The Pan-African Parliament (PAP) is stepping up parliamentary campaigns on traditional medicine to facilitate its integration into health systems in Africa.
This came out during the PAP Committees’ Joint Workshop on the Place of Traditional Medicine in Africa’s Health Systems, held during the sitting of the Permanent Committees of the sixth Parliament of PAP currently happening in Midrand, South Africa under the AU theme for 2023, “Accelerating the implementation of African Continental Free Trade Area (AfCFTA)”
In attendance were Committee on Health, Labour and Social Affairs, Committee on Gender, Family, Youth and People with Disabilities, Committee on Rural Economy, Agriculture, Natural Resources and Environment, and Committee on Education, Culture, Tourism and Human Resources.
The main objective of the workshop was to sensitise participants on the need to develop traditional medicine to facilitate its integration into health systems in Africa.
“We need to intensify parliamentary advocacy on traditional medicine to establish a comprehensive legal framework for continental herbal trade, and to promote the establishment or strengthening of national and regional research centres to support the development of traditional medicine towards its integration in African Health Systems,” said the 2nd Vice President Hon. Dr Ashebiri Gayo while giving an opening speech of the workshop.
He also acknowledged the importance of traditional medicine and believes that its high time it is accorded its rightful status in the world.
“Traditional medicine, according to academics, is the primary source of healthcare for almost 80% of the population in poor countries. However, unlike Chinese medicine, African Traditional Medicine does not have the same status of being allowed and accepted in the world, which is the challenge we face. Nevertheless, this should be a thing of the past, as it is time for traditional medicine to reclaim its rightful place in the medical fraternity,” said Hon. Dr Gayo.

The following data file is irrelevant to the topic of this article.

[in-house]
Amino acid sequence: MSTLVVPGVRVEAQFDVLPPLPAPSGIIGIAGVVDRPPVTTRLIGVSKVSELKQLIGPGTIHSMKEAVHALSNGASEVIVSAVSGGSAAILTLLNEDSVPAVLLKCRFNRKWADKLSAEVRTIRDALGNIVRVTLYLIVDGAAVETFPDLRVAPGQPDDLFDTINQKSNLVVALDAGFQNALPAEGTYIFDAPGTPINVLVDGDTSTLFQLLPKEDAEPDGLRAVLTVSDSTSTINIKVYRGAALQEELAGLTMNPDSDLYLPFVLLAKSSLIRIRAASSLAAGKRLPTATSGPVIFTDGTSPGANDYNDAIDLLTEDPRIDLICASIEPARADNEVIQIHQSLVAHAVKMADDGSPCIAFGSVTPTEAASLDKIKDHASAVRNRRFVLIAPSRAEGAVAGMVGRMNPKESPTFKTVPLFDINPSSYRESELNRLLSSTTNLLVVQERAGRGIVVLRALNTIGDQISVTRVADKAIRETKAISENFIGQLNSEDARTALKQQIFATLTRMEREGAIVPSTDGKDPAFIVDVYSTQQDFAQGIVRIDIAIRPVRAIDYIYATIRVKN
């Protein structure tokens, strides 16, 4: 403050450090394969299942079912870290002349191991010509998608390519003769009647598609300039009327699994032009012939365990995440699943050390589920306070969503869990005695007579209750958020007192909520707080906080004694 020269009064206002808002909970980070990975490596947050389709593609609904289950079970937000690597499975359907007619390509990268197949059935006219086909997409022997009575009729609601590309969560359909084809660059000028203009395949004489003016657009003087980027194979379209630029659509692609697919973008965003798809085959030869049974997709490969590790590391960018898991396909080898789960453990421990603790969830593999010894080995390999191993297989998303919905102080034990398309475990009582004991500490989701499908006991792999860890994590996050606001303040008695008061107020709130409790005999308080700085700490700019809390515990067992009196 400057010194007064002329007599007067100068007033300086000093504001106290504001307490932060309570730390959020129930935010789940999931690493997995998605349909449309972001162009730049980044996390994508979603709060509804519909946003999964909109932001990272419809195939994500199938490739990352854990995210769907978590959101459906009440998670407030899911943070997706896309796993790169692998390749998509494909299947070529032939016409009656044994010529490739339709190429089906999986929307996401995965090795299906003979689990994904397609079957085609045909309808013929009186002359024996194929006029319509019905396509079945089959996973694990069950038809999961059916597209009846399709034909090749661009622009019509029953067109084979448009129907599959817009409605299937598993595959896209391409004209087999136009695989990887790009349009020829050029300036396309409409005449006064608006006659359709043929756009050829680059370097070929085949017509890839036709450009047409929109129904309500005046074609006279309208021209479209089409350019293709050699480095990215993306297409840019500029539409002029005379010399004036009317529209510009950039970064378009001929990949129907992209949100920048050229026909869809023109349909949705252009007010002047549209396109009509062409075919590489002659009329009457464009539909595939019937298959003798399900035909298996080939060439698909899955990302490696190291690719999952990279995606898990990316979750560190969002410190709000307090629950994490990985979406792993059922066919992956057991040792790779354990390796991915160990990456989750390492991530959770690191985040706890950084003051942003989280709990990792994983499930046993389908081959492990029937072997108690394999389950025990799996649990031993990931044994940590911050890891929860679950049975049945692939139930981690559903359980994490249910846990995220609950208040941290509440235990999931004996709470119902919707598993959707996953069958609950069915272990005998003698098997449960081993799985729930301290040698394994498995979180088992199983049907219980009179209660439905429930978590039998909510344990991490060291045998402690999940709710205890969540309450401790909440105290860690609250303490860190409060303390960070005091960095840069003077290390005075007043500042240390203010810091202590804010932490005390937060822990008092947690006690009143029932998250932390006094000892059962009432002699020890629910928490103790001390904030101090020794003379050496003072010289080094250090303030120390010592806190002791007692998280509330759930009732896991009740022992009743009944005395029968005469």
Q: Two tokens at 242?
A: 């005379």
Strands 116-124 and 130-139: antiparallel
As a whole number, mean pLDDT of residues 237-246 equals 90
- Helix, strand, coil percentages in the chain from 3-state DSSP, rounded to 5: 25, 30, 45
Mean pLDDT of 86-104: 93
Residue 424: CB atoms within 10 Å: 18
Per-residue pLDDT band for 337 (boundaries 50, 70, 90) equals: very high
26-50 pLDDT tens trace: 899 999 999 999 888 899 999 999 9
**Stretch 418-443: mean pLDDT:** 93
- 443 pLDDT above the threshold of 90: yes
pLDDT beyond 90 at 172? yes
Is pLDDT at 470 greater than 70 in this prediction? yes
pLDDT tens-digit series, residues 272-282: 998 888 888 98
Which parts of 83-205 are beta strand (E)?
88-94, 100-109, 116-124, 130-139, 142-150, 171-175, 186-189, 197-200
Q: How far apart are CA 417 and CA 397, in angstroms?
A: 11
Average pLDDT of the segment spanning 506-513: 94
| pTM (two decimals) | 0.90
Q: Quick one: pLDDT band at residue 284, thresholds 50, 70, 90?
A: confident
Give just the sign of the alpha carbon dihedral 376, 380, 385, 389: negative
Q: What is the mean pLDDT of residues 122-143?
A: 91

Hon Jean Patrice France Quirin, Chairperson of the Committee on Health, Labour, and Social Affairs, feels that developing Model Law surrounding traditional medicine will go a long way toward supporting the integration of traditional medicine into Health Systems.
“We need to initiate the development of a Model Law on the integration of Traditional Medicine into Health Systems that will harmonize the strategies of AU Member States through the PAP Committee on Health, Labour and Social Affairs,” he said.
He also discussed how Climate Change is threatening the development of traditional medicine by threatening biodiversity.
“We need to support the development of a Model Law on Climate Change by the PAP Committee on Rural Economy to guide AU Member States to build a collective climate resilience to ensure climate change mitigation and adaptation, and to deliver on Nationally Determined Contributions to achieve greater greenhouse gas emission reductions and ensure an effective planning, implementation, and financing of climate change efforts both at the national and regional levels,” said Hon. Quirin.